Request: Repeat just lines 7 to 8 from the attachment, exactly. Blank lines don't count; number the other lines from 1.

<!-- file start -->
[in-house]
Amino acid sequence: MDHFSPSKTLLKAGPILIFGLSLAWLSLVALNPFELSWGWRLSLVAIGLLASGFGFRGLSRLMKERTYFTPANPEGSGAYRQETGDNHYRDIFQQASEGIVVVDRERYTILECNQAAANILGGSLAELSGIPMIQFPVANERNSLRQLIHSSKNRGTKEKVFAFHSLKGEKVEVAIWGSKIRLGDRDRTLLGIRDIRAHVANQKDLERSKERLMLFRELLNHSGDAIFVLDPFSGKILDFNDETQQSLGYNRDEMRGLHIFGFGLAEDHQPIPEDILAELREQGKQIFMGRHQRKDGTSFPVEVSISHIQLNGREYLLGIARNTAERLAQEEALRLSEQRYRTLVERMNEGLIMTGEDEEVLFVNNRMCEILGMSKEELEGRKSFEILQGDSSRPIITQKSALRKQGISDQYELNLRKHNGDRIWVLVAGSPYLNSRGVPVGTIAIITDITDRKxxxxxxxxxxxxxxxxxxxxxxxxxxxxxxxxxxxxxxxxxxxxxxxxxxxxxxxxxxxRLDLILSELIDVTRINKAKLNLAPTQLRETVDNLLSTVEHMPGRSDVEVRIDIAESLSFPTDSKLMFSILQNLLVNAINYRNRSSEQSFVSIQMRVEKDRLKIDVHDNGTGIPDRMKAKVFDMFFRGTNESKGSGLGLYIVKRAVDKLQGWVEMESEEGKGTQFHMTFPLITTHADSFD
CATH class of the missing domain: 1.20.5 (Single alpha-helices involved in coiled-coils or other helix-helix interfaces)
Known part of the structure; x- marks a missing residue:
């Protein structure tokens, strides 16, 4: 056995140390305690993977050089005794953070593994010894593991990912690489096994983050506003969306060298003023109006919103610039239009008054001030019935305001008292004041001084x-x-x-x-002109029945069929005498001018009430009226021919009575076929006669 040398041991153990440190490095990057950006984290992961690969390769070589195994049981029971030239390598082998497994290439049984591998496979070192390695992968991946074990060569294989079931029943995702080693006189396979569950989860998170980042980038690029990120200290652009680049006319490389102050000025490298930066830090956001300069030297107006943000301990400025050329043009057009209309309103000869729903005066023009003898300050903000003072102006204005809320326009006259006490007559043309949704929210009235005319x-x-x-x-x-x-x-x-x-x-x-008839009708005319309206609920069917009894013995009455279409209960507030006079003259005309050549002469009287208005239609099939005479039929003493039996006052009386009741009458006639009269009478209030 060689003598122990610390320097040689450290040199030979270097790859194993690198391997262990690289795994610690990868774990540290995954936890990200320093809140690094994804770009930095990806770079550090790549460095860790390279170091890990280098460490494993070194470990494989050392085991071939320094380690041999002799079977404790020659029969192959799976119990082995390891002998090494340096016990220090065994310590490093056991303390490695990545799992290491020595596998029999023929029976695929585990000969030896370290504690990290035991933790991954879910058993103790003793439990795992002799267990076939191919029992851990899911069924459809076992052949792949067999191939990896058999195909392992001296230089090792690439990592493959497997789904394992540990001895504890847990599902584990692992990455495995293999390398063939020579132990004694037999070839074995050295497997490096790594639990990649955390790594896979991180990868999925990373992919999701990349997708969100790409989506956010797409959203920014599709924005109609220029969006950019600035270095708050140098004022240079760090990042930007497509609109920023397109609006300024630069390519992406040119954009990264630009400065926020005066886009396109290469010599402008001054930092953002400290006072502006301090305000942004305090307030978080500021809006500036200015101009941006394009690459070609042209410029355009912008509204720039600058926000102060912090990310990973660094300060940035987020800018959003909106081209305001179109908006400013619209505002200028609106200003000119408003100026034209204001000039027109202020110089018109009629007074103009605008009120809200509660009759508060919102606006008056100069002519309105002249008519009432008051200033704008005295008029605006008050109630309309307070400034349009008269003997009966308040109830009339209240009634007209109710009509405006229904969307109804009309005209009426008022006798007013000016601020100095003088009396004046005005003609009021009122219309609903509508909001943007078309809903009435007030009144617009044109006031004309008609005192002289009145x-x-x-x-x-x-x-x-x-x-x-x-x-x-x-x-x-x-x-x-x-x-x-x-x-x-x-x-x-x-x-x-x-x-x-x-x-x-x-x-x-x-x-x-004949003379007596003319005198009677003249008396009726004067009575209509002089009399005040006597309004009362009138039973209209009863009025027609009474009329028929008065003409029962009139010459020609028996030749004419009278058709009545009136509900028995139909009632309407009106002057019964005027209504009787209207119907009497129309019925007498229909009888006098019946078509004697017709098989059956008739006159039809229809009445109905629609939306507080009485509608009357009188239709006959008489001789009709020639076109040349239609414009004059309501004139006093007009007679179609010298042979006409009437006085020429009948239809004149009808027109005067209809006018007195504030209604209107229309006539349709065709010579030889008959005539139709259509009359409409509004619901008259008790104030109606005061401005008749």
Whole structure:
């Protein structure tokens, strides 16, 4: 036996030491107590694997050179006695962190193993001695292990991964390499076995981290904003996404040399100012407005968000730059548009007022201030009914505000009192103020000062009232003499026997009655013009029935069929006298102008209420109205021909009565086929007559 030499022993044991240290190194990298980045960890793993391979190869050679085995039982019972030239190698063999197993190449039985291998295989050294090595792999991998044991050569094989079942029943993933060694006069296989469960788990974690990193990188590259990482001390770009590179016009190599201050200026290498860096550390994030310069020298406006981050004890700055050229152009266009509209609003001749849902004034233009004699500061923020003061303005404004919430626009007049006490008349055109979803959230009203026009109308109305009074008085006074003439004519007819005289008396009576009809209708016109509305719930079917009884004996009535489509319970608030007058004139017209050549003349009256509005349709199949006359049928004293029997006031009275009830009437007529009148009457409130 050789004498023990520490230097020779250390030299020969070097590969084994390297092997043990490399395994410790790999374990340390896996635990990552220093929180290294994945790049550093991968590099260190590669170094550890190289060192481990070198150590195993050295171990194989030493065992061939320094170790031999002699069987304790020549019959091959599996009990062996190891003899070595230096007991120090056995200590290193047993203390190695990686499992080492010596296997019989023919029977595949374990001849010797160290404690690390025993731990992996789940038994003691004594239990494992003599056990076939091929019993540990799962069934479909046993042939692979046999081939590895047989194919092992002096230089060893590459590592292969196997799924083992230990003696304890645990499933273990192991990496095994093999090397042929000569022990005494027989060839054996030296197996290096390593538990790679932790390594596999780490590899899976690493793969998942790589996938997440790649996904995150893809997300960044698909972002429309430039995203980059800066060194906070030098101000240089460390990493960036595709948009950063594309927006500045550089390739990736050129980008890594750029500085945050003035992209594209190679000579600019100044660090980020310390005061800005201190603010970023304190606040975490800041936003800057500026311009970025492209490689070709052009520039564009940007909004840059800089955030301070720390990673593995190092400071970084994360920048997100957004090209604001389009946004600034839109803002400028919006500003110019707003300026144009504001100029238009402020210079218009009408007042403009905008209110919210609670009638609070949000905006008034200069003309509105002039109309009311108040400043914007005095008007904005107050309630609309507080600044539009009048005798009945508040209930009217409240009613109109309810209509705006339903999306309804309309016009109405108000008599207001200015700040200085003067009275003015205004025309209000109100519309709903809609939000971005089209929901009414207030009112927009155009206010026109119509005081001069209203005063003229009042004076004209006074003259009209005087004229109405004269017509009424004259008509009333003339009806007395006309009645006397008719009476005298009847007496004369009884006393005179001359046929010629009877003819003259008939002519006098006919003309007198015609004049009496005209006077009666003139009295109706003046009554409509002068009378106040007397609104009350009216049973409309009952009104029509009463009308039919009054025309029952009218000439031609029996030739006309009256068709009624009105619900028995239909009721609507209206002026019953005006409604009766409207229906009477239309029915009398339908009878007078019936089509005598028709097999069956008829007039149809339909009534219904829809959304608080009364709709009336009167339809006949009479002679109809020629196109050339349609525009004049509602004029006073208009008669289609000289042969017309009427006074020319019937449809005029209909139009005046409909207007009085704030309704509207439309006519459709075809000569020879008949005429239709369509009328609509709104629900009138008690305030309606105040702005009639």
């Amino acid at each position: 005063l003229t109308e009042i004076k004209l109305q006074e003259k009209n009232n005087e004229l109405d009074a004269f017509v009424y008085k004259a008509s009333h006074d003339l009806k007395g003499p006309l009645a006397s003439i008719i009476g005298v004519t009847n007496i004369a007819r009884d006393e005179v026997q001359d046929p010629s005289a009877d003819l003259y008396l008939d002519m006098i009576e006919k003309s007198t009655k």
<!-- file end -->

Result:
């Protein structure tokens, strides 16, 4: 036996030491107590694997050179006695962190193993001695292990991964390499076995981290904003996404040399100012407005968000730059548009007022201030009914505000009192103020000062009232003499026997009655013009029935069929006298102008209420109205021909009565086929007559 030499022993044991240290190194990298980045960890793993391979190869050679085995039982019972030239190698063999197993190449039985291998295989050294090595792999991998044991050569094989079942029943993933060694006069296989469960788990974690990193990188590259990482001390770009590179016009190599201050200026290498860096550390994030310069020298406006981050004890700055050229152009266009509209609003001749849902004034233009004699500061923020003061303005404004919430626009007049006490008349055109979803959230009203026009109308109305009074008085006074003439004519007819005289008396009576009809209708016109509305719930079917009884004996009535489509319970608030007058004139017209050549003349009256509005349709199949006359049928004293029997006031009275009830009437007529009148009457409130 050789004498023990520490230097020779250390030299020969070097590969084994390297092997043990490399395994410790790999374990340390896996635990990552220093929180290294994945790049550093991968590099260190590669170094550890190289060192481990070198150590195993050295171990194989030493065992061939320094170790031999002699069987304790020549019959091959599996009990062996190891003899070595230096007991120090056995200590290193047993203390190695990686499992080492010596296997019989023919029977595949374990001849010797160290404690690390025993731990992996789940038994003691004594239990494992003599056990076939091929019993540990799962069934479909046993042939692979046999081939590895047989194919092992002096230089060893590459590592292969196997799924083992230990003696304890645990499933273990192991990496095994093999090397042929000569022990005494027989060839054996030296197996290096390593538990790679932790390594596999780490590899899976690493793969998942790589996938997440790649996904995150893809997300960044698909972002429309430039995203980059800066060194906070030098101000240089460390990493960036595709948009950063594309927006500045550089390739990736050129980008890594750029500085945050003035992209594209190679000579600019100044660090980020310390005061800005201190603010970023304190606040975490800041936003800057500026311009970025492209490689070709052009520039564009940007909004840059800089955030301070720390990673593995190092400071970084994360920048997100957004090209604001389009946004600034839109803002400028919006500003110019707003300026144009504001100029238009402020210079218009009408007042403009905008209110919210609670009638609070949000905006008034200069003309509105002039109309009311108040400043914007005095008007904005107050309630609309507080600044539009009048005798009945508040209930009217409240009613109109309810209509705006339903999306309804309309016009109405108000008599207001200015700040200085003067009275003015205004025309209000109100519309709903809609939000971005089209929901009414207030009112927009155009206010026109119509005081001069209203005063003229009042004076004209006074003259009209005087004229109405004269017509009424004259008509009333003339009806007395006309009645006397008719009476005298009847007496004369009884006393005179001359046929010629009877003819003259008939002519006098006919003309007198015609004049009496005209006077009666003139009295109706003046009554409509002068009378106040007397609104009350009216049973409309009952009104029509009463009308039919009054025309029952009218000439031609029996030739006309009256068709009624009105619900028995239909009721609507209206002026019953005006409604009766409207229906009477239309029915009398339908009878007078019936089509005598028709097999069956008829007039149809339909009534219904829809959304608080009364709709009336009167339809006949009479002679109809020629196109050339349609525009004049509602004029006073208009008669289609000289042969017309009427006074020319019937449809005029209909139009005046409909207007009085704030309704509207439309006519459709075809000569020879008949005429239709369509009328609509709104629900009138008690305030309606105040702005009639």
């Amino acid at each position: 005063l003229t109308e009042i004076k004209l109305q006074e003259k009209n009232n005087e004229l109405d009074a004269f017509v009424y008085k004259a008509s009333h006074d003339l009806k007395g003499p006309l009645a006397s003439i008719i009476g005298v004519t009847n007496i004369a007819r009884d006393e005179v026997q001359d046929p010629s005289a009877d003819l003259y008396l008939d002519m006098i009576e006919k003309s007198t009655k």